Vinas & Graham Criminal Law Blog

white-collar crime
White Collar Crime

What Is Considered A White-Collar Crime?

The term white-collar crime was first coined in 1939 and now includes a wide variety of criminal activity. Generally, it is a non-violent, fraudulent, financially motivated crime, committed by corporate or government professionals. It is very often a federal investigation,

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bank robbery
Bank Robbery

Bank Robbery: What You Need To Know

If you have been charged with bank robbery in Texas, you probably realize that you have been charged with a serious offense, and the consequences for a conviction will have lifelong impacts. Criminal defense attorneys at Vinas & Graham, PLLC,

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DWI in Texas
DWI/DUI

DWI Conviction: What It Will Cost You

There are many reasons to avoid driving under the influence of drugs and alcohol, including the high financial costs associated with DWI charges and convictions. When most people think of DWI penalties and consequences, they think of license suspensions and

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money laundering
Money Laundering

What You Need To Know If Facing Money Laundering Charges

Money laundering laws are complex and serious, with consequences that could ruin your life. Your first step if facing money laundering charges is to speak with a criminal defense attorney experienced in money laundering litigation. The sooner you speak with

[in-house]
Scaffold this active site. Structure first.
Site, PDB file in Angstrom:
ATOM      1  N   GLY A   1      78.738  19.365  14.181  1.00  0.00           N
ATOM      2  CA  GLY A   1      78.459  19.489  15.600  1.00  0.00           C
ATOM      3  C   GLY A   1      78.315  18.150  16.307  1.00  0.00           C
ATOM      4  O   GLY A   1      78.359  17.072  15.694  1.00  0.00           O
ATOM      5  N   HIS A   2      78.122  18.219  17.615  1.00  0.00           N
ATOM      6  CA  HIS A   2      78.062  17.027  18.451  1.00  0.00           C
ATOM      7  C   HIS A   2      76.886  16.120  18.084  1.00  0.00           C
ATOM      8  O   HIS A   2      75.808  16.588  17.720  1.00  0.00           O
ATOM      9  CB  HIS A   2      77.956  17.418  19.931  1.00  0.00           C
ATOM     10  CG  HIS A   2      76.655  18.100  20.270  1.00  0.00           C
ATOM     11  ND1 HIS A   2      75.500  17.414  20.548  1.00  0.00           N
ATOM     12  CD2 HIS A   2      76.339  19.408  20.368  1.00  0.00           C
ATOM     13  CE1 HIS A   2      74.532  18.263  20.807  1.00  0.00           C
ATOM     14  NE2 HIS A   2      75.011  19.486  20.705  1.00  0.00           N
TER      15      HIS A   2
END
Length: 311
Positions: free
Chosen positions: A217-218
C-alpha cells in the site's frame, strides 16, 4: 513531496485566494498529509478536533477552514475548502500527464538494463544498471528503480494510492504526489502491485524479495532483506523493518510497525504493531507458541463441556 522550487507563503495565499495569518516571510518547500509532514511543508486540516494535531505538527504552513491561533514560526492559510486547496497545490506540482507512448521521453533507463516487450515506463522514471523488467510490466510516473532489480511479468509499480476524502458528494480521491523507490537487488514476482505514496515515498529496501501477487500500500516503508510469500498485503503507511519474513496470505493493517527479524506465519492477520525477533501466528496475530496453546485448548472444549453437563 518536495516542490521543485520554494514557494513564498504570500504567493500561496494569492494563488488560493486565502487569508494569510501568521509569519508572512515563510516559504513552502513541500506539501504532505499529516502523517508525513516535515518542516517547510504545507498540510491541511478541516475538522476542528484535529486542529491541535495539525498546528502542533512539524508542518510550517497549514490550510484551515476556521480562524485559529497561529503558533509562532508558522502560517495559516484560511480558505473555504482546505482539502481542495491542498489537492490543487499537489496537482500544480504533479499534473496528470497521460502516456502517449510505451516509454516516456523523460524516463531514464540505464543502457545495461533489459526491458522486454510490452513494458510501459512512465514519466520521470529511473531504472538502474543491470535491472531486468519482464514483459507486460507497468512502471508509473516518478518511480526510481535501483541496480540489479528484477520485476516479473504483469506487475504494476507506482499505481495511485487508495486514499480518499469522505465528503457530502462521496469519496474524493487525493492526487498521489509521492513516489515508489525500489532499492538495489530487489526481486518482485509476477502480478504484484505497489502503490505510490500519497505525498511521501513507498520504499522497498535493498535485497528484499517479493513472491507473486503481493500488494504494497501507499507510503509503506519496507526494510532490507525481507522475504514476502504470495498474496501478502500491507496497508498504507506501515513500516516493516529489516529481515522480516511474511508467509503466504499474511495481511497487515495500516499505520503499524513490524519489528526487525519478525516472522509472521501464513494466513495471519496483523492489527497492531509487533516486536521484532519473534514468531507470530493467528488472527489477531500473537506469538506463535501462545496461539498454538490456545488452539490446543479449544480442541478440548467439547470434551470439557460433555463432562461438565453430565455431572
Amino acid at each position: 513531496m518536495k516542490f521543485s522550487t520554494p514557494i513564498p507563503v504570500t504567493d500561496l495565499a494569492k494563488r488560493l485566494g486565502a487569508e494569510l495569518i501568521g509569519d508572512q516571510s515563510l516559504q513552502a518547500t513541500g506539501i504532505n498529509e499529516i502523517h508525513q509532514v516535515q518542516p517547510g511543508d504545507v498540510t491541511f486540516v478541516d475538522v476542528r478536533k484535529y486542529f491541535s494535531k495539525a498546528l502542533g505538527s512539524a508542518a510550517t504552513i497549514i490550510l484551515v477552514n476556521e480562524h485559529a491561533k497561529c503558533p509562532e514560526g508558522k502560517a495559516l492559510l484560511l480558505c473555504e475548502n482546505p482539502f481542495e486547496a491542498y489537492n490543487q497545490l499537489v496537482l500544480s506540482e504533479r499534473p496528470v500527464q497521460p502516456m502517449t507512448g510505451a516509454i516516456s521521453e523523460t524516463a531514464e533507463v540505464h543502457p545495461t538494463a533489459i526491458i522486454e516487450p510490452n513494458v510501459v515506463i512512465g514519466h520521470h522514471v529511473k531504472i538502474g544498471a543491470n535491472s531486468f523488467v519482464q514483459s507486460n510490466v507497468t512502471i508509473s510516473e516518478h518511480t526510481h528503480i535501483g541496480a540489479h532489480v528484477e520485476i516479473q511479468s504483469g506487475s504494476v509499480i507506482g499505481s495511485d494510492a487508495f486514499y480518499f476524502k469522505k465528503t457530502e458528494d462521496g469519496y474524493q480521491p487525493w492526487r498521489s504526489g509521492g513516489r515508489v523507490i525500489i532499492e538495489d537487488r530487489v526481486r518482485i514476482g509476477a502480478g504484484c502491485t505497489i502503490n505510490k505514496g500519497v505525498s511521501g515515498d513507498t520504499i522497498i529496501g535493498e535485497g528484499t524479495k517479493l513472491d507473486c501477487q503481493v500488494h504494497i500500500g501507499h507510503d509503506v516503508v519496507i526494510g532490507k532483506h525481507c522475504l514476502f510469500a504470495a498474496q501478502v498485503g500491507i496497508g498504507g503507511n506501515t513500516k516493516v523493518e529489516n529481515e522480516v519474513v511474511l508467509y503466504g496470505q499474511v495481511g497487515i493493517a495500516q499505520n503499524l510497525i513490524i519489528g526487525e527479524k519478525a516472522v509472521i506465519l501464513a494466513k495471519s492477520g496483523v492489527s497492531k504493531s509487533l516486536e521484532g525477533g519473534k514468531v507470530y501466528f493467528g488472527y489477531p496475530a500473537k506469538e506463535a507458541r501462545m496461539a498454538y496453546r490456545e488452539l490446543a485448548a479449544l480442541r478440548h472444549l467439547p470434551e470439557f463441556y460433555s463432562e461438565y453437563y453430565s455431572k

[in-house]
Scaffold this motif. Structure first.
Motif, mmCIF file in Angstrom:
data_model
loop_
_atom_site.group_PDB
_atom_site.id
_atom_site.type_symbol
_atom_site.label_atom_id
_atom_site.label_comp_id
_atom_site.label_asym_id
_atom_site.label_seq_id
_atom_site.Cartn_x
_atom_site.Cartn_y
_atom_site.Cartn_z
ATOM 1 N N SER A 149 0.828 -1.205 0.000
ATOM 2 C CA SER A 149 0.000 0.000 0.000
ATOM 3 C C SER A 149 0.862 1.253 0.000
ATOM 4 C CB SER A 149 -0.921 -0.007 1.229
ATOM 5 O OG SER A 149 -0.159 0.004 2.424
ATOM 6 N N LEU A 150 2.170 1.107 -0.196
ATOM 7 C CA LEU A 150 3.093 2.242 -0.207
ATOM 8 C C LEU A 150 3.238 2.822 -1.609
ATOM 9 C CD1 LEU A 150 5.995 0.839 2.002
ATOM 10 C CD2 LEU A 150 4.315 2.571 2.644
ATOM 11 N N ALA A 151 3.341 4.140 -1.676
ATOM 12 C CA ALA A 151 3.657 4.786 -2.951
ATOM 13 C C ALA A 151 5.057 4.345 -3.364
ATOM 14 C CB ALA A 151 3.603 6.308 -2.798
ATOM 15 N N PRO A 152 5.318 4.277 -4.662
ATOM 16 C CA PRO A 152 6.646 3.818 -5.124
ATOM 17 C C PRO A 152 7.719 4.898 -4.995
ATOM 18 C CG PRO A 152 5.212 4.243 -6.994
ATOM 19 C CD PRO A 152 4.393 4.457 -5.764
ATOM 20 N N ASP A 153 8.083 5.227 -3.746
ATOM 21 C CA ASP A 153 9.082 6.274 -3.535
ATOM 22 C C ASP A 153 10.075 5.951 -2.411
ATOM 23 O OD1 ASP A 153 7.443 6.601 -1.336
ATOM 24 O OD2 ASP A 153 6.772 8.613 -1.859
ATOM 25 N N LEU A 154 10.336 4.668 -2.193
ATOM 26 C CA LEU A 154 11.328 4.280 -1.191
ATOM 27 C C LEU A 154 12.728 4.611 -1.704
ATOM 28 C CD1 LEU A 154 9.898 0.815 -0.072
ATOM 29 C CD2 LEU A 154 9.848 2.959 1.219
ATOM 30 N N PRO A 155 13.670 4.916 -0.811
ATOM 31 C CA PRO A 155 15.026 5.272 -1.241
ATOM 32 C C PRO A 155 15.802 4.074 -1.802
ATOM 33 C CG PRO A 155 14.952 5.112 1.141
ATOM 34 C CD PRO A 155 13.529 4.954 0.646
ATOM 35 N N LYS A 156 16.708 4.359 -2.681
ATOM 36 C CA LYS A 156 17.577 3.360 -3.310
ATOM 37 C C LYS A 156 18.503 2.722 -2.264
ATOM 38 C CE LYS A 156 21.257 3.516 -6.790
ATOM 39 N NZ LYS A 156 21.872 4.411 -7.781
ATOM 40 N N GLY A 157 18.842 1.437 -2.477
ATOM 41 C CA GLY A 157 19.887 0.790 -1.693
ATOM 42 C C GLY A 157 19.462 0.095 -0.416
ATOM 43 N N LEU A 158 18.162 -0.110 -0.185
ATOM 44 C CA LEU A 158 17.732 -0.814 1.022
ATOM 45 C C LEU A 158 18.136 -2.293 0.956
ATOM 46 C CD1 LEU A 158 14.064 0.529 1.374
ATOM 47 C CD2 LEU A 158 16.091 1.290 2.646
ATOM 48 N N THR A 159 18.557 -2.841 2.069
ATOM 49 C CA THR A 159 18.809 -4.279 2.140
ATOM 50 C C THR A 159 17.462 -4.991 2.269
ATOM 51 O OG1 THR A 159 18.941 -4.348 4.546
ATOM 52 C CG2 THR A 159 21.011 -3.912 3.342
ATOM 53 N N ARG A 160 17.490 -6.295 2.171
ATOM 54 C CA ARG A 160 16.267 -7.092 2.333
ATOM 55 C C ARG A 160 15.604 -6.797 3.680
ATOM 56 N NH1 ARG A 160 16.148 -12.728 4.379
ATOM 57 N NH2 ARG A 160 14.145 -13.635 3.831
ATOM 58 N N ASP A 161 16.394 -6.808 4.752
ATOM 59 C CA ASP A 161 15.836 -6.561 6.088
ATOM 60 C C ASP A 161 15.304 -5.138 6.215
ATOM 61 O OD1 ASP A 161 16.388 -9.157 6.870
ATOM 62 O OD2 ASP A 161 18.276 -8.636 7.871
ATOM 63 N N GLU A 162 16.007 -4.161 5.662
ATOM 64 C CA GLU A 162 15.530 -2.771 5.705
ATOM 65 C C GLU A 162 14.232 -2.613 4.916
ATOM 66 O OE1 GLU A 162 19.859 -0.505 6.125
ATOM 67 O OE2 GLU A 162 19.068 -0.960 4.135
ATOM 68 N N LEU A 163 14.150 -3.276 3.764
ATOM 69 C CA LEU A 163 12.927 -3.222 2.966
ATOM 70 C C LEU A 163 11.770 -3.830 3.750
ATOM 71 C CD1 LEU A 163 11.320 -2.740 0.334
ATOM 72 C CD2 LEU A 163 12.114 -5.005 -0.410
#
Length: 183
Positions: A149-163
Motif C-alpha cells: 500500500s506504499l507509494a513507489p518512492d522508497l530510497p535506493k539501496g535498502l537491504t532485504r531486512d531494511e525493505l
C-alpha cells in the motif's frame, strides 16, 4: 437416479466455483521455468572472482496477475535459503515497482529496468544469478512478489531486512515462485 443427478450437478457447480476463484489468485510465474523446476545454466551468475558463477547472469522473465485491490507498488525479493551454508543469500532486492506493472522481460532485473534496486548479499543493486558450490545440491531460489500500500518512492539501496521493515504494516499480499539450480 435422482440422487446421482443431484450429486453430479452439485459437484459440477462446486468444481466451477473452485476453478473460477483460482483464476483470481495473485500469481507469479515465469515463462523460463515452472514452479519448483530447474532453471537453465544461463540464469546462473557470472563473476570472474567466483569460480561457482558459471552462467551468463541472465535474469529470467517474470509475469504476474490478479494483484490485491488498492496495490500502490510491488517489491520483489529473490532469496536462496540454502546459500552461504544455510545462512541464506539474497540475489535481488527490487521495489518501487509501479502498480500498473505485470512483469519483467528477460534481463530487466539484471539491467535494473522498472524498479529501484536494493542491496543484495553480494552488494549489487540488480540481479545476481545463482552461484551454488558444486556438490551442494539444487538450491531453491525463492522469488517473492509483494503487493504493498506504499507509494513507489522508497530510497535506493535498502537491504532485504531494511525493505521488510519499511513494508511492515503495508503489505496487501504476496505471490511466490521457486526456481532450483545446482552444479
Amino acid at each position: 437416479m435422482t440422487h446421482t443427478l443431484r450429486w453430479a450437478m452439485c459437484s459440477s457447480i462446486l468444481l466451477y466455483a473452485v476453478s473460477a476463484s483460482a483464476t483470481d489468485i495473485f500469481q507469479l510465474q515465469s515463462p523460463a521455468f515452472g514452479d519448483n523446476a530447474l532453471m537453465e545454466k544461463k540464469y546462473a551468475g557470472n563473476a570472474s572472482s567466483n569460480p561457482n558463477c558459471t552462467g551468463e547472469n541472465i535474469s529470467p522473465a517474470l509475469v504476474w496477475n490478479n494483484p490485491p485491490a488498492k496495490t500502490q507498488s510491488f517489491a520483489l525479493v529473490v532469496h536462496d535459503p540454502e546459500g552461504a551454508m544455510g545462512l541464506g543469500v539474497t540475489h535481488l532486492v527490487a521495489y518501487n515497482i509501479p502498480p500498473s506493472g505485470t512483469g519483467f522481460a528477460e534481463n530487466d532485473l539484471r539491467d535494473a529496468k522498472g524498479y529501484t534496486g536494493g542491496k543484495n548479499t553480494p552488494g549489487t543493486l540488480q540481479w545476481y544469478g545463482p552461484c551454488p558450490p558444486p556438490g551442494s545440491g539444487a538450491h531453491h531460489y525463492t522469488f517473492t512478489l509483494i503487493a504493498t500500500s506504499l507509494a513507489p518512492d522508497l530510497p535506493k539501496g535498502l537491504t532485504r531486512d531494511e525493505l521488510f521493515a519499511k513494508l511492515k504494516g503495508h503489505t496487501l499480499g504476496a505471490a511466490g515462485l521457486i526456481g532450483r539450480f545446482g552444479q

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order of non-disclosure
Order Of Non-Disclosure

Understanding What An Order Of Non-Disclosure Is

A criminal record can follow a person long after they complete any probationary period or sentence, making it difficult to obtain employment, housing, or even professional licensing. In Texas, after meeting specific qualifications, it is possible to petition the court

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criminal conspiracy
Criminal Conspiracy

What Does A Criminal Conspiracy Charge Mean For You?

Criminal conspiracy may sound like a well-orchestrated operation involving many participants, but conspiracy charges often relate to much smaller and less sophisticated operations. As described in more detail below, it only takes two people to agree to commit a crime

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